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March 4, 2004

Obituary: Marshall R. Singer

Picture1Retired Pitt professor of international affairs Marshall R. Singer died Feb. 18, 2004, in Washington, D.C., after contracting hepatitis C. He was 71.

Singer came to Pitt in 1964 as professor at the Graduate School of Public and International Affairs (GSPIA), a position he held until his retirement in 1998. Following retirement, he continued as an adjunct professor at American University.

Author of three books and more than 40 articles, Singer was a specialist in international political analysis, particularly in the developing world and on the relations between weak and powerful states; and in intercultural communication, a field he helped develop, according to friend and colleague Donald Goldstein, a professor at GSPIA.

“In his early days, he really was a pathfinder in intercultural communication,” helping found the Society for Intercultural Education, Training and Research, the first professional organization in the field, Goldstein noted. “He was a kind man, everyone liked him and he was a very good teacher,” said Goldstein, who occasionally team-taught with Singer. “He was both scholarly and social, and he will be missed.”

At GSPIA Singer directed the international affairs program (1987-1990) and the International Corporate Environment Initiative (1987-1989), an effort to get local business people to study international political, economic, cultural and legal environments.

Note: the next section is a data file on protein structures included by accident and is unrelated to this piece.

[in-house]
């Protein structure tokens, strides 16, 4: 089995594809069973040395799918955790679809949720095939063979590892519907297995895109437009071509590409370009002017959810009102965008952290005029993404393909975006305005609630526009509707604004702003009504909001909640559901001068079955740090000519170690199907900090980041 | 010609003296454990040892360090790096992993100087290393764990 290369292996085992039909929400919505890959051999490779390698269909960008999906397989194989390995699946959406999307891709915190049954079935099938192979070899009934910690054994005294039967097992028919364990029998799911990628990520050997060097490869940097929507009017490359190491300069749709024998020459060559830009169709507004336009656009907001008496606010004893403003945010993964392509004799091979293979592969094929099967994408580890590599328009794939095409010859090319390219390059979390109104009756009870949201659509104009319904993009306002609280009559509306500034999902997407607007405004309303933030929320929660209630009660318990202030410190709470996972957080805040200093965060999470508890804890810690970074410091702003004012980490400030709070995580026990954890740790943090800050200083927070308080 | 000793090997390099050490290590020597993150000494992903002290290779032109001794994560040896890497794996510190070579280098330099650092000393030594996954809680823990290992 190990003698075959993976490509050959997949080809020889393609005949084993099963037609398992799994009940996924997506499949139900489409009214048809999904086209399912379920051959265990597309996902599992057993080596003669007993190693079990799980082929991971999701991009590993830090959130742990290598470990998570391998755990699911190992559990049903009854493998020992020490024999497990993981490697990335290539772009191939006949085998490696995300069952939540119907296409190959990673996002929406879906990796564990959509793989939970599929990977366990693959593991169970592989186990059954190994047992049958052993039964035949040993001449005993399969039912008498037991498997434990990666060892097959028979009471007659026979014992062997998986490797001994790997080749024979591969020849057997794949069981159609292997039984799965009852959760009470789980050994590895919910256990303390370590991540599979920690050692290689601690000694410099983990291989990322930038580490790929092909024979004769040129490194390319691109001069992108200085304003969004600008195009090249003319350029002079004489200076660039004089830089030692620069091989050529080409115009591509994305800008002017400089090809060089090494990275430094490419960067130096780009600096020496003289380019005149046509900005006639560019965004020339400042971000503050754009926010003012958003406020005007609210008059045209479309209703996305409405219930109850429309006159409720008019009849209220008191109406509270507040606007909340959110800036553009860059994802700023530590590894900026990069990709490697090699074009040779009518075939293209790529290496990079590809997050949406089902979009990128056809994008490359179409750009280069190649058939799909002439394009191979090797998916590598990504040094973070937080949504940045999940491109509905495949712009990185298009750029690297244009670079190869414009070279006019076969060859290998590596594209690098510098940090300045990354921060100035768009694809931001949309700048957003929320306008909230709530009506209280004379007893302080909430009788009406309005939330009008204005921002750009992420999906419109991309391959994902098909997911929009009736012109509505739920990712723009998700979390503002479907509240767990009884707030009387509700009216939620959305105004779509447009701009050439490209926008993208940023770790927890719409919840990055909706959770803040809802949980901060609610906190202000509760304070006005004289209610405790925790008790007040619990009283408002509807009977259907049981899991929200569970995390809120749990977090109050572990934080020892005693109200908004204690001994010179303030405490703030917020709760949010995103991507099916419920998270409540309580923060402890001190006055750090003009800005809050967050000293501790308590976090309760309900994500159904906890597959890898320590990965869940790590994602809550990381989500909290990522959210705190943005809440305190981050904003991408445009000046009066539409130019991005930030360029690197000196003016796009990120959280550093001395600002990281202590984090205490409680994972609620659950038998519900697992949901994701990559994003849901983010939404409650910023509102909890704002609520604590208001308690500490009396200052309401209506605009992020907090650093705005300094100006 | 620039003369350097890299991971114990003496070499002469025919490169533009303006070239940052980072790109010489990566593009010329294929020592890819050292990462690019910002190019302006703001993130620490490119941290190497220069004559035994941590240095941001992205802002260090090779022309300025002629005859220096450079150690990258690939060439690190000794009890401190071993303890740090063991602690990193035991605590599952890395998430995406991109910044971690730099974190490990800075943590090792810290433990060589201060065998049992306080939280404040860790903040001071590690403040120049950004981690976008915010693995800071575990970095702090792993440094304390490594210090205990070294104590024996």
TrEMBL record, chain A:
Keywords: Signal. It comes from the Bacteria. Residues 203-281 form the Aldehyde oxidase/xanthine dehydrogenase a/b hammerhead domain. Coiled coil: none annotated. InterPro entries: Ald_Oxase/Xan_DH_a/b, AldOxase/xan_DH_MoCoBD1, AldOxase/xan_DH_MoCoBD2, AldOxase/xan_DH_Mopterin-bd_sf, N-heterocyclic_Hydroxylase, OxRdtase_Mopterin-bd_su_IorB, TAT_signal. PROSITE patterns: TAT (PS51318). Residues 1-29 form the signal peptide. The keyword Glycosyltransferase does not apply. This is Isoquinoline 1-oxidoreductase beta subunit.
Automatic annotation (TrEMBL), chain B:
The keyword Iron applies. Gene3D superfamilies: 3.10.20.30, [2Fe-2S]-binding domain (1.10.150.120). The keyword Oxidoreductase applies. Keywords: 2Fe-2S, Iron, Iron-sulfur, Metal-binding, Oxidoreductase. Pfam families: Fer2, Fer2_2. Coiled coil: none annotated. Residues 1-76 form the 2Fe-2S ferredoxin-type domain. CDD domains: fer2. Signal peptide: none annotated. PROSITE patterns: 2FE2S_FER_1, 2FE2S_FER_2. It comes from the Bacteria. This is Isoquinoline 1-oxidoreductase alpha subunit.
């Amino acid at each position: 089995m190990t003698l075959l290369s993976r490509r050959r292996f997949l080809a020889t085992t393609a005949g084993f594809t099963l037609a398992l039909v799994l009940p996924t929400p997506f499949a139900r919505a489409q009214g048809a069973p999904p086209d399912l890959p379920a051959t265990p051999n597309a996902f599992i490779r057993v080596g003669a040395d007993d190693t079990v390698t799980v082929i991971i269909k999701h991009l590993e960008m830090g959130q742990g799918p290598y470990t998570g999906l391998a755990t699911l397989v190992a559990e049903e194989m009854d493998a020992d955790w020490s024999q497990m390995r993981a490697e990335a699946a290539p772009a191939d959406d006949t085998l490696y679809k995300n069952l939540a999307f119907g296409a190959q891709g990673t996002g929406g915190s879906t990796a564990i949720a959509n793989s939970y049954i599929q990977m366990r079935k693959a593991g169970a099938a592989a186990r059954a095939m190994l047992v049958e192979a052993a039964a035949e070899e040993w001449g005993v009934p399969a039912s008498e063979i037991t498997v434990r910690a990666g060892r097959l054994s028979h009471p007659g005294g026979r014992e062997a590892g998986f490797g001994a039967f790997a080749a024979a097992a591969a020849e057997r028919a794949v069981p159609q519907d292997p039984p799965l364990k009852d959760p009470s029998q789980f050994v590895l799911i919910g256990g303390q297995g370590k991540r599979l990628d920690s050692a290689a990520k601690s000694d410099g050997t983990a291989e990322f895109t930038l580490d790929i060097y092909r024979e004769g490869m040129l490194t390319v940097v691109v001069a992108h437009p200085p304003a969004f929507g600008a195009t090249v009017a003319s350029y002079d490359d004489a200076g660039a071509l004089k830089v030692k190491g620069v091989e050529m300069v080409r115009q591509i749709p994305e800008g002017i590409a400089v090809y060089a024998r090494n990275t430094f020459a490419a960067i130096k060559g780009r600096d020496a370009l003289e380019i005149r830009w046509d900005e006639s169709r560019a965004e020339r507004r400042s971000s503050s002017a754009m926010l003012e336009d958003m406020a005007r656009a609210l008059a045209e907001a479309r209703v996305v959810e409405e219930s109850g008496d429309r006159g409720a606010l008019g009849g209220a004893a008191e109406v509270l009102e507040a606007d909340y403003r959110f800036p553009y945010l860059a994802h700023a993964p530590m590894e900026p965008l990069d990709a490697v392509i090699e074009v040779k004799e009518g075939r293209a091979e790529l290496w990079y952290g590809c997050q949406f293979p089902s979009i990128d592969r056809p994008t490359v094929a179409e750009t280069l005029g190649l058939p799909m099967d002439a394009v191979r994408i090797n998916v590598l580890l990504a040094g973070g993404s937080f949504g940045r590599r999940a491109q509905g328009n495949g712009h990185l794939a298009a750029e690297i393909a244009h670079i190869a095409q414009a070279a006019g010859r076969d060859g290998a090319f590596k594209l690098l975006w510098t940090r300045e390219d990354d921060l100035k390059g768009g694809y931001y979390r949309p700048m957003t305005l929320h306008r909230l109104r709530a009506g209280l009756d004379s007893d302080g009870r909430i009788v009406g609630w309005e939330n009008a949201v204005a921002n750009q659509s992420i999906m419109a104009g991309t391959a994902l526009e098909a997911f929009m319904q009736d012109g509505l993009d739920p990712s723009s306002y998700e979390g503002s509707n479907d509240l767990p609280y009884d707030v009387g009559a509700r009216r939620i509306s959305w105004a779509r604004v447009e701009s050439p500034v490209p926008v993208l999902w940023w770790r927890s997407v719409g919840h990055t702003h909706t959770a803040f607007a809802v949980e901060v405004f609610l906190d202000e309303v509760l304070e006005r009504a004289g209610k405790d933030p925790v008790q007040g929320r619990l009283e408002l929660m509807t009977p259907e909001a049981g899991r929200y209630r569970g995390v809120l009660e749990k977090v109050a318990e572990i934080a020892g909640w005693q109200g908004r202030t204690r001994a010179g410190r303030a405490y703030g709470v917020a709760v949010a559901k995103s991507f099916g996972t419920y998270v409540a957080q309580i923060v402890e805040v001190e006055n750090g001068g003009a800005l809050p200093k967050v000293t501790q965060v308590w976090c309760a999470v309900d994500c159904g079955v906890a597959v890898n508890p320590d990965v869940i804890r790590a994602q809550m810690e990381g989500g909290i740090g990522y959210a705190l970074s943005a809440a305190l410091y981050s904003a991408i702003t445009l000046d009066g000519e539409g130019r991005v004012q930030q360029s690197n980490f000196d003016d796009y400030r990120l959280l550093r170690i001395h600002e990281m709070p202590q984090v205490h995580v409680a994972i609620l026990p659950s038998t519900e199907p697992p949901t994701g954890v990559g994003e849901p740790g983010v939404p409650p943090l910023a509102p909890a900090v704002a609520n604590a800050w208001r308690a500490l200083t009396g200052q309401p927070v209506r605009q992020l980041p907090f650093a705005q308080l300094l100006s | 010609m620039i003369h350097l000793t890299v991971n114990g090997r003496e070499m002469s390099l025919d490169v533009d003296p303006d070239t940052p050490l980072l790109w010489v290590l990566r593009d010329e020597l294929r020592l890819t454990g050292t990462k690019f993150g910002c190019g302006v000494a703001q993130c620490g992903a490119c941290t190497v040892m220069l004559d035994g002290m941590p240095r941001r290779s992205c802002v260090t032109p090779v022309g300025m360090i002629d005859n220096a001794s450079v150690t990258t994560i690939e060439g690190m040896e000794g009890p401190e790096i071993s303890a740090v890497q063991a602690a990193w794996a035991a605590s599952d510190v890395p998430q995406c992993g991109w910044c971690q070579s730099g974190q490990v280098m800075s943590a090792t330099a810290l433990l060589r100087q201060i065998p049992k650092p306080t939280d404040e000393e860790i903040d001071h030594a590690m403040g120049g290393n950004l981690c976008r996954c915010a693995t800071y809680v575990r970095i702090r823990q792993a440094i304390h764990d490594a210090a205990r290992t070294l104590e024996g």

During his Pitt years, he also held visiting positions at Georgetown University School of Public Service (1982-1983), Columbia University Southern Asian Institute (1971) and the University of Malaya in Malaysia (1969-1971).

Prior to coming to Pitt, he was an assistant professor of political science at Brooklyn College and a visiting adjunct professor at Fordham University.

Singer consulted for the U.S. departments of state and commerce, the U.S. Information Agency, the Peace Corps and the Foreign Service Institute, among other governmental organizations, as well as for private industries, such as Mobay Corp., Westinghouse Electric and International Reporting Information Systems, and non-profits, including the Malaysian Society for Public Administration.

Internationally, he served as the president and vice chairman of the board for the U.S. Association for the Cultural Triangle of Sri Lanka (1983-1989), and chief administrative officer for a joint project of Pitt, the Ford Foundation and the University of Malaya (1971-1975).

Singer earned a B.A. from Brooklyn College in 1955, majoring in history and Russian studies; an M.A. from the New School for Social Research in 1956, and a Ph.D. at Massachusetts Institute of Technology in 1962.

Singer is survived by his sons, Paul B. and Shepherd L.; a daughter, Juma Attid; a sister, Lenore Zimmerman, five grandchildren and nieces and nephews.

The family requests that memorial contributions be made to Metro Teenaids (information at:

A memorial service is being planned at GSPIA.

—Peter Hart

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